* http://www.usda.gov/wps/portal/usda/usdahome?contentid=2013/06/0112.xml
** http://californiawatch.org/health-and-welfare/food-waste-remains-persistent-problem-farms-grocery-stores-and-restaurants

Next Week’s Harvest

Our Local Producers: Beli Farms, Blue Sky Farm, Brown’s Farm, Harriett’s Bluff Organic Blueberry Farm, Hoover Organic Farm, The Family Garden Organic Farm, Spells Mangoes

…………………………………………………………………………………..

Local Box (Mini):  (Local Organic Cantaloupe, Local Organic Spaghetti Squash, Local Organic Blueberries, Local Okra, Local Organic Fairytale Eggplant), GA Vidalia Onions, Local Organic Bell Peppers, S. Florida Mango

Organic Box, (Mini): (Local Organic Cantaloupe, Local Organic Spaghetti Squash, Local Organic Blueberries, Local Organic Cucumber, Organic Cabbage), Local Organic Italian Frying Peppers, Local Organic Sungold Tomatoes, Organic Nectarines

Grab & Go: Local Organic Blueberries, S. Florida Mangoes, Organic Green Grapes, Organic Bananas, Organic Anjou Pears, Organic Broccoli, Local Tomatoes on the Vine, Local Mini Cucumbers, Local Organic Sweet Baby Lettuce

Salad Box: Organic Broccoli, Local Tomatoes on the Vine, Local Mini Cucumbers, Local Organic Sweet Baby Leytuce, Organic Cabbage, Local Organic Italian Frying Peppers, Georgia Vidalia Onion, Organic Avocado

Fruit (Add-on): (Local Organic Blueberries, Organic Green Grapes, Organic Nectarines, Organic Anjou Pears),  Organic Bananas, Local Organic Cantaloupe, S. Florida Mangoes

Smoothie Box: Organic Bananas, Local Organic Sungold Tomatoes, Organic Baby Kale, Organic Spinach, Local Organic Blueberries, S. Florida Mangoes, Organic Pink Crisp Apples, SC Peaches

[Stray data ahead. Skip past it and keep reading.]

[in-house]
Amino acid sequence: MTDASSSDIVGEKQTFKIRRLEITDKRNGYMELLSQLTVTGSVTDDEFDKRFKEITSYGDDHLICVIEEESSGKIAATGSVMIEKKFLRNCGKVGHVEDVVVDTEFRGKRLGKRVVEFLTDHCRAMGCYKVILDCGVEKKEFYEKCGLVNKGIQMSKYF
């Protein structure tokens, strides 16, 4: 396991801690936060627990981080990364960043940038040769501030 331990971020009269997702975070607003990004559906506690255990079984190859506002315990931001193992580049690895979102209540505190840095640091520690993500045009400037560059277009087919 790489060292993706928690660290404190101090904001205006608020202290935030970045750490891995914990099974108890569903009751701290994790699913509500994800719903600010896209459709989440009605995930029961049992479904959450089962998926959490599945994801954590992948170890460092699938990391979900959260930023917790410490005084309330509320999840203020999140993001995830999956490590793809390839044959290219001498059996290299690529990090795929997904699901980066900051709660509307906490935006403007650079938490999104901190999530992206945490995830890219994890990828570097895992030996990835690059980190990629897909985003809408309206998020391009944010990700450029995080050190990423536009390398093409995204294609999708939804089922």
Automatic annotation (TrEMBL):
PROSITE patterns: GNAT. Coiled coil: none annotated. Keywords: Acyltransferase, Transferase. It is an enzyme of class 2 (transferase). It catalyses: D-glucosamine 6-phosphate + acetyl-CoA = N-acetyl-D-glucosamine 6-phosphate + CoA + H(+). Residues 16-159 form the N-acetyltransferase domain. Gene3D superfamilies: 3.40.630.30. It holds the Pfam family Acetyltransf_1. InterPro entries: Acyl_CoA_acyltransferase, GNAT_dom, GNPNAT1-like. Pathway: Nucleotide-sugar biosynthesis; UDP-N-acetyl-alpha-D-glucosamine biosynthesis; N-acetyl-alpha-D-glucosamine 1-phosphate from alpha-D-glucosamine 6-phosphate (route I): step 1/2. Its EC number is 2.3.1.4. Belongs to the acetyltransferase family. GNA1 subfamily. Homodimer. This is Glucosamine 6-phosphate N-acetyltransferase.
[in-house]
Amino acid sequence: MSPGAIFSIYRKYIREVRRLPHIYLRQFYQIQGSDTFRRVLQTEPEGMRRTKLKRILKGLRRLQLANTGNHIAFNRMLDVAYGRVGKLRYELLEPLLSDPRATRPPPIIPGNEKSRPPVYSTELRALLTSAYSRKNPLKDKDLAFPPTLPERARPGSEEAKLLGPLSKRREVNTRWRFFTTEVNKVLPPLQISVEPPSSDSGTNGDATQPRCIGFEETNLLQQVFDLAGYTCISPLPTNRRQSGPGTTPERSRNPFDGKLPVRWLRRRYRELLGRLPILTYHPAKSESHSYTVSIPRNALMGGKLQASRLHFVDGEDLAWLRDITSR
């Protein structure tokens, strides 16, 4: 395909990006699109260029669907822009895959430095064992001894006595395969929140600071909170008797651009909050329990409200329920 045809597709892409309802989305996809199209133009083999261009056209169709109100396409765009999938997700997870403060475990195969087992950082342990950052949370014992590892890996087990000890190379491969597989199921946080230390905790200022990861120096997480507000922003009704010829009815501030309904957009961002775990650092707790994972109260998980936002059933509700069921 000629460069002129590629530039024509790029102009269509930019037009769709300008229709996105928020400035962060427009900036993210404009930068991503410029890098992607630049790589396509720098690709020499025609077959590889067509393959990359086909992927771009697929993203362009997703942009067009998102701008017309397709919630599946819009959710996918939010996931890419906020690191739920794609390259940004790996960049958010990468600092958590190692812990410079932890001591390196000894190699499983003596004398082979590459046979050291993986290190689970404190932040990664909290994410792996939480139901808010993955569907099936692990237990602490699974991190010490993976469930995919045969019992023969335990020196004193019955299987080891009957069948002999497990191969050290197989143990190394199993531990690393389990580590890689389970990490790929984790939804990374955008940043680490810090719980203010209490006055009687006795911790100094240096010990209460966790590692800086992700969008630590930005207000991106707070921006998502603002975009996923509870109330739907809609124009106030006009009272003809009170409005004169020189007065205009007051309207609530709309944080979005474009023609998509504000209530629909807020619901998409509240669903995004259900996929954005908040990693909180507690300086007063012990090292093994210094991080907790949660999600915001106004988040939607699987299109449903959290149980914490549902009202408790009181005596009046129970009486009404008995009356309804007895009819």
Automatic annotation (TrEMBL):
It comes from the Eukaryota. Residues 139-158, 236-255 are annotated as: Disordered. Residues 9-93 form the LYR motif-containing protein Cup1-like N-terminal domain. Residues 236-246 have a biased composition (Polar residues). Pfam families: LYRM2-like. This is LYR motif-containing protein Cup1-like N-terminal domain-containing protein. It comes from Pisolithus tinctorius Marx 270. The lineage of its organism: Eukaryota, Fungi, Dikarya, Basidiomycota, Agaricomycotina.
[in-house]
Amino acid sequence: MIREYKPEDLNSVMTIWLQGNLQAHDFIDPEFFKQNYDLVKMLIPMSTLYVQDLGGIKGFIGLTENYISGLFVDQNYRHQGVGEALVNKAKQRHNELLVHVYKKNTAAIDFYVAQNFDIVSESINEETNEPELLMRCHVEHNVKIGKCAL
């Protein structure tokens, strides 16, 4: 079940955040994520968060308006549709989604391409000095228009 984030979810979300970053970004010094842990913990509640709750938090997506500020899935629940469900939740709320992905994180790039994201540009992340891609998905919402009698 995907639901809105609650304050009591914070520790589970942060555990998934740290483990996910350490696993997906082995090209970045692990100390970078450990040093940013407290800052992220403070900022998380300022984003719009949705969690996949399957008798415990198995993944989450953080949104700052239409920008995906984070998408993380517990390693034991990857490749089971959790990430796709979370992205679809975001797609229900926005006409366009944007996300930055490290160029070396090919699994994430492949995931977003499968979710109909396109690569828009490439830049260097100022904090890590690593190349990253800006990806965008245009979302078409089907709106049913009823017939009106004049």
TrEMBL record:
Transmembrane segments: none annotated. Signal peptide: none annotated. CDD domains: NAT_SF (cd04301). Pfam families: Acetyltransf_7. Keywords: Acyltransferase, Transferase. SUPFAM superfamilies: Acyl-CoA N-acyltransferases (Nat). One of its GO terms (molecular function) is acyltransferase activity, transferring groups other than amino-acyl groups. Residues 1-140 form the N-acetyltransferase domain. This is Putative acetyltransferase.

…………………………………………………………………………………..

Recipes Ideas:

**please note that items may change due to weather or supply issues.


Veggie Unearthed: Spaghetti Squash

SpaghettiSquash

Your organic spaghetti squash came to us from Hoover Family Farm in Live Oak, Florida – less than 150 miles from most of our customers’ homes.

While spaghetti squash is a variety of winter squash, one of the perks of eating local in a multi-talented southern state like ours is that we have winter squash in the summer. The flavor of spaghetti squash doesn’t differ too much from other winter squashes like acorn or butternut, but it does have a “surprise inside” – the flesh behaves like spaghetti noodles after it has been cooked! This is a great way to introduce hesitant children to the flavor of squash.

Spaghetti Squash is high in many nutrients like folic acid, potassium, Vitamin A and beta-carotene. It’s a low-calorie food with only about 42 calories per cup.

To store your squash place in a cool, dry place out of sunlight, it will last up to three weeks. We place our hard squashes in a basket and use as a decorative piece until we are ready to cook and serve.

If you’d like to learn more about spaghetti squash, please watch this helpful video:

Spaghetti Squash Recipes


Reduce, Reuse, Recycle!

Returning your produce box clean and undamaged means that we can use it again and again. This keeps costs down, minimizes landfill waste and keeps our carbon footprint smaller. Boxes that aren’t returned will incur a $5.00 replacement fee, so be sure to put it out for pickup!
Advertisements

Leave a Reply

Fill in your details below or click an icon to log in:

WordPress.com Logo

You are commenting using your WordPress.com account. Log Out / Change )

Twitter picture

You are commenting using your Twitter account. Log Out / Change )

Facebook photo

You are commenting using your Facebook account. Log Out / Change )

Google+ photo

You are commenting using your Google+ account. Log Out / Change )

Connecting to %s